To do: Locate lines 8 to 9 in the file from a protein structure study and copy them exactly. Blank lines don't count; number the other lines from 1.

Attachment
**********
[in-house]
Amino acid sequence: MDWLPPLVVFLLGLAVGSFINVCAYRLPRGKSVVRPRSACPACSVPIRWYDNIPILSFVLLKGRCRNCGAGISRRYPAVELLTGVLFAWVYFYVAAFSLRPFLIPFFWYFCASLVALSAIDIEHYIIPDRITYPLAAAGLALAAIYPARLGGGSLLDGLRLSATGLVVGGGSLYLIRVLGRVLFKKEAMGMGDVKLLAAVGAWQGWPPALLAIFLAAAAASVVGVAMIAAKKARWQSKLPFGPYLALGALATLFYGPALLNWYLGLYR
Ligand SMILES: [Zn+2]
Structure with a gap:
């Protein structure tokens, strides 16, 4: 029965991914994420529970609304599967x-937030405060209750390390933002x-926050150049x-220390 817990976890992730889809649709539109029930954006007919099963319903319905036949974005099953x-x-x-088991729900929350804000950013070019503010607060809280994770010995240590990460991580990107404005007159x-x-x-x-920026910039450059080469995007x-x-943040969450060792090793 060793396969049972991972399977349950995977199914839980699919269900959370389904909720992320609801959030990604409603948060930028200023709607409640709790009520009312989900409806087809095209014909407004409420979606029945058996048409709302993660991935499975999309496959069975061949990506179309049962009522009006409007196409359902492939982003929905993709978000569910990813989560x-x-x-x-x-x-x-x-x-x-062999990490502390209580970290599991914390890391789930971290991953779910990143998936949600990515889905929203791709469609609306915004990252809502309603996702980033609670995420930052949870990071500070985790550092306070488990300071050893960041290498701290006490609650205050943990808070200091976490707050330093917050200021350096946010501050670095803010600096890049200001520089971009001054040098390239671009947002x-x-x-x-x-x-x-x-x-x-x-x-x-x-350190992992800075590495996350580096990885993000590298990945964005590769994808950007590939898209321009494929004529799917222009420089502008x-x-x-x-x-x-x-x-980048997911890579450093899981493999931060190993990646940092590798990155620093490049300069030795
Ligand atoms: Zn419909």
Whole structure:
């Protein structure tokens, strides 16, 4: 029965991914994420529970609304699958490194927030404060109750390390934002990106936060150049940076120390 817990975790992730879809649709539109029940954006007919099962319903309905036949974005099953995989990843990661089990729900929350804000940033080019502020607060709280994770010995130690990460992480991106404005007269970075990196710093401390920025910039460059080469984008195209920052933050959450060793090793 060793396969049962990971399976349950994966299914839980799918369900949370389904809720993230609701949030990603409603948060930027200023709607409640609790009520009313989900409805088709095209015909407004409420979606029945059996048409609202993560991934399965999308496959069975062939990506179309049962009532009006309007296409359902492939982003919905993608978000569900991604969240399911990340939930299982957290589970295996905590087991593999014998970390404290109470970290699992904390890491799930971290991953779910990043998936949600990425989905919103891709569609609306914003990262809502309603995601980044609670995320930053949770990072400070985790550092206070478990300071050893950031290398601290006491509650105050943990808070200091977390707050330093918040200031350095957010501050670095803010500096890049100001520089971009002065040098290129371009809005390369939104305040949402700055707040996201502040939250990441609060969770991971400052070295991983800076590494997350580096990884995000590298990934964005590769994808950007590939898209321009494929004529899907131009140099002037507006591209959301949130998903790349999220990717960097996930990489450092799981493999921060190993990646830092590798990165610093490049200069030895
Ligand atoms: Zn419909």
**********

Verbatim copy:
């Protein structure tokens, strides 16, 4: 029965991914994420529970609304699958490194927030404060109750390390934002990106936060150049940076120390 817990975790992730879809649709539109029940954006007919099962319903309905036949974005099953995989990843990661089990729900929350804000940033080019502020607060709280994770010995130690990460992480991106404005007269970075990196710093401390920025910039460059080469984008195209920052933050959450060793090793 060793396969049962990971399976349950994966299914839980799918369900949370389904809720993230609701949030990603409603948060930027200023709607409640609790009520009313989900409805088709095209015909407004409420979606029945059996048409609202993560991934399965999308496959069975062939990506179309049962009532009006309007296409359902492939982003919905993608978000569900991604969240399911990340939930299982957290589970295996905590087991593999014998970390404290109470970290699992904390890491799930971290991953779910990043998936949600990425989905919103891709569609609306914003990262809502309603995601980044609670995320930053949770990072400070985790550092206070478990300071050893950031290398601290006491509650105050943990808070200091977390707050330093918040200031350095957010501050670095803010500096890049100001520089971009002065040098290129371009809005390369939104305040949402700055707040996201502040939250990441609060969770991971400052070295991983800076590494997350580096990884995000590298990934964005590769994808950007590939898209321009494929004529899907131009140099002037507006591209959301949130998903790349999220990717960097996930990489450092799981493999921060190993990646830092590798990165610093490049200069030895
Ligand atoms: Zn419909």